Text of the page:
U.S. stocks rose Monday as investors bet the Federal Reserve will dial back its interest-rate increases and braced for a busy week of corporate earnings reports.
The S&P 500 added 47.20 points, or 1.2%, to 4019.81. The Dow Jones Industrial Average gained 254.07 points, or 0.8%, to 33629.56. The Nasdaq Composite moved 223.98 points, or 2% higher, to 11364.41.
The stock market has rebounded to start 2023 as investors predict moderating inflation will encourage the Fed to ease its interest-rate lifts and potentially cut rates later this year.
The central bank is preparing to slow its rate increases for a second consecutive meeting, The Wall Street Journal reported Sunday. Officials are set to consider a smaller quarter-percentage-point lift at its policy meeting next week, while deliberating what economic signals they would need to see before pausing rate rises this spring.
“Investors are under the impression that the Fed will likely raise rates by a lesser amount at the upcoming meeting. That’s an encouragement to investors,” said
chief investment strategist at CFRA Research.
Areas of the market hardest hit in last year’s selloff have led the rally in the new year as the prospect of slowing rates has given investors confidence to pick up shares of companies promising growth in the future. Technology stocks have climbed, with the Nasdaq Composite up more than 8% in 2023.
Growth-oriented assets continued to shine on Monday. The S&P 500’s information-technology segment was the best-performing sector in the index. Chip stocks moved higher;
added $6.46, or 9.2%, to $76.53 and
rose $13.54, or 7.6% to $191.93.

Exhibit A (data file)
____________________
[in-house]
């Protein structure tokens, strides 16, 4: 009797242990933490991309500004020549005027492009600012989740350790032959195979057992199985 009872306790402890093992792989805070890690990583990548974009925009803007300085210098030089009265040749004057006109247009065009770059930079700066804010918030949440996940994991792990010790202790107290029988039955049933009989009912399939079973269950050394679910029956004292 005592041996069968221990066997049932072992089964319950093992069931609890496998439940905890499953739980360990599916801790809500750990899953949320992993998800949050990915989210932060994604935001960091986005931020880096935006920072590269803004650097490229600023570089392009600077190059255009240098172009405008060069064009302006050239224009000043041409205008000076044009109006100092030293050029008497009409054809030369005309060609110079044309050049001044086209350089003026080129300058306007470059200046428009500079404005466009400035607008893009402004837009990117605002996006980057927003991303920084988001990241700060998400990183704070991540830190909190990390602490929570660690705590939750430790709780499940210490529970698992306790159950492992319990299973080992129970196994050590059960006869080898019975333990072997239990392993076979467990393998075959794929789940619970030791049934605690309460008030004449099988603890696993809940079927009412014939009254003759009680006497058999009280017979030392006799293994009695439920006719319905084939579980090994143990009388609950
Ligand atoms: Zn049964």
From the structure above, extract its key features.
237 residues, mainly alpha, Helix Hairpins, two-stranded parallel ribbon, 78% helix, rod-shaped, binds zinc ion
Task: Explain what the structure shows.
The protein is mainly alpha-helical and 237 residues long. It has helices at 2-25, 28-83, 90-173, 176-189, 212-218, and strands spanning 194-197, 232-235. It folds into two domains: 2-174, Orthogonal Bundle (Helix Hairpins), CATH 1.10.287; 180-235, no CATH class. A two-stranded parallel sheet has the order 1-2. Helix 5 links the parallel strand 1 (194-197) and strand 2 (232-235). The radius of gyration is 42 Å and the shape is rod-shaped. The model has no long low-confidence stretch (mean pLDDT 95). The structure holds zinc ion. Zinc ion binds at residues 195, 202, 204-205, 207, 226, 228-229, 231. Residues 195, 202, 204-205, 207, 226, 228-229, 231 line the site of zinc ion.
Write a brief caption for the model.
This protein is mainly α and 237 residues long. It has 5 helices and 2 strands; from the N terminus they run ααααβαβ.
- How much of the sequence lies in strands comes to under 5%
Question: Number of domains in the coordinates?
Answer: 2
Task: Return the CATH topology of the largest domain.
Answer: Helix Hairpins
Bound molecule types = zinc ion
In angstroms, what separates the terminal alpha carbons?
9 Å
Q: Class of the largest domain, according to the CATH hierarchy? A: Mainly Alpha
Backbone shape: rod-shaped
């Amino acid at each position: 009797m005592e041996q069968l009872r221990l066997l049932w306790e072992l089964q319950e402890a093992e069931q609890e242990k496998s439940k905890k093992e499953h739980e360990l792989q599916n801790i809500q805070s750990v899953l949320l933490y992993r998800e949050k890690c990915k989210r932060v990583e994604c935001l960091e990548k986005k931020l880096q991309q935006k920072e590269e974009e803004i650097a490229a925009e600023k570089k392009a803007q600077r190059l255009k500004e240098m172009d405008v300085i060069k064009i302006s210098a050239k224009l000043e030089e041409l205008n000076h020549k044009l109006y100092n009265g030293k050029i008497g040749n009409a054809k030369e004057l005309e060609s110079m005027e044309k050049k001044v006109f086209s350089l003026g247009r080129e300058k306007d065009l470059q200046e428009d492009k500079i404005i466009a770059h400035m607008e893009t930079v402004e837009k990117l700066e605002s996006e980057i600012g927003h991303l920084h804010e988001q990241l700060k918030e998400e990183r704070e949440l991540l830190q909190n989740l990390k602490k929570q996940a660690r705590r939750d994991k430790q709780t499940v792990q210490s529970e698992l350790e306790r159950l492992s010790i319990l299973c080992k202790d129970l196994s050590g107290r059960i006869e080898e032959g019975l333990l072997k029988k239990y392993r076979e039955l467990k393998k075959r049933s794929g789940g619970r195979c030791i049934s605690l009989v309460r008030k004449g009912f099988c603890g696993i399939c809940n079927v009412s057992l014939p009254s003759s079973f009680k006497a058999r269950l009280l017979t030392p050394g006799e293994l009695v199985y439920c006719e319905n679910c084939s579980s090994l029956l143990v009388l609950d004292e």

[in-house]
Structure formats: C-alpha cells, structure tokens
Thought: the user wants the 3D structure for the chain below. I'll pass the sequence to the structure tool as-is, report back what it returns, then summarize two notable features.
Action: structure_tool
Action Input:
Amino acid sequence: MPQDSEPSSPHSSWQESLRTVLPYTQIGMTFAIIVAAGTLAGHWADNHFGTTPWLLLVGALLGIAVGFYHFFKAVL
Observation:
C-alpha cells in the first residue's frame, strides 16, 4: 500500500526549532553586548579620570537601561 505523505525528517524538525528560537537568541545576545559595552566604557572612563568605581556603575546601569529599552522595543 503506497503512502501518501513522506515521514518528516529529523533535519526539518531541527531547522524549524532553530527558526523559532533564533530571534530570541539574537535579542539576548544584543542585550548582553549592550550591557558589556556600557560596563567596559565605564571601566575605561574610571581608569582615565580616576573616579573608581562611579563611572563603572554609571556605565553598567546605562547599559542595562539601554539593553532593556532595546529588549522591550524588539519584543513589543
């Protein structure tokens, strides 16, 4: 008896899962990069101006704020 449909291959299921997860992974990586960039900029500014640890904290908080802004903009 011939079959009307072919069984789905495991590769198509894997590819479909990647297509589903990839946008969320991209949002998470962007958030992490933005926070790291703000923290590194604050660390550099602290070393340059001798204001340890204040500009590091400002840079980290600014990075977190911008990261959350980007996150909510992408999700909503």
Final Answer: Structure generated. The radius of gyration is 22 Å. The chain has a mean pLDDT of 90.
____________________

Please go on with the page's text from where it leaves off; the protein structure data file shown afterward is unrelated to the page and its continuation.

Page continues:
“Today is a continuation of what we’ve seen on a year-to-day basis, which is people reallocating to the losers from last year,” said
portfolio manager and chief strategist at Simplify Asset Management.
Salesforce gained $4.62, or 3.1%, to $155.87 after the Journal reported that Elliott Management had taken a big stake in the software company. Spotify Technology shares advanced $2.03, or 2.1%, to $99.94 after the music-streaming company said it was laying off 6% of its staff.
Investors are also awaiting a busy week of earnings reports, with nearly a fifth of S&P 500 companies due to announce quarterly results. Among the bellwethers on deck to report this week are Boeing, Comcast, Chevron, International Business Machines, Microsoft and Tesla.
Though traders are betting the Fed will cut rates later this year, some money managers are predicting that rates could stay higher for longer as the central bank has more work in store to tame inflation.
chief market strategist at BNP Paribas Asset Management, said that is one reason why the firm is taking a cautious stance on stocks. It is also betting that two-year Treasury yields will rise relative to yields on six-month bills, which could happen if market forecasts for interest rates pick up again.
“Inflation isn’t going to slow down as fast as the market expects,” Mr. Morris said.
Treasury prices fell Monday, pushing the yield on 10-year Treasury notes up to 3.522% from 3.483% Friday. The yield on the interest rate-sensitive two-year note rose to 4.238% from 4.181%. Yields fell for a third-straight week last week on signs of slowing economic growth.
Oil prices rose. Front-month Brent crude futures climbed 0.6% to $88.19 a barrel, extending a rally driven by expectations of rising Chinese demand.
Global markets were broadly higher. Technology and basic-resource stocks led the advance in Europe, where the Stoxx Europe 600 added 0.5%. Japan’s Nikkei 225 rose 1.3%. Mainland Chinese markets are closed all week for Lunar New Year. In Hong Kong, markets are closed through Wednesday.
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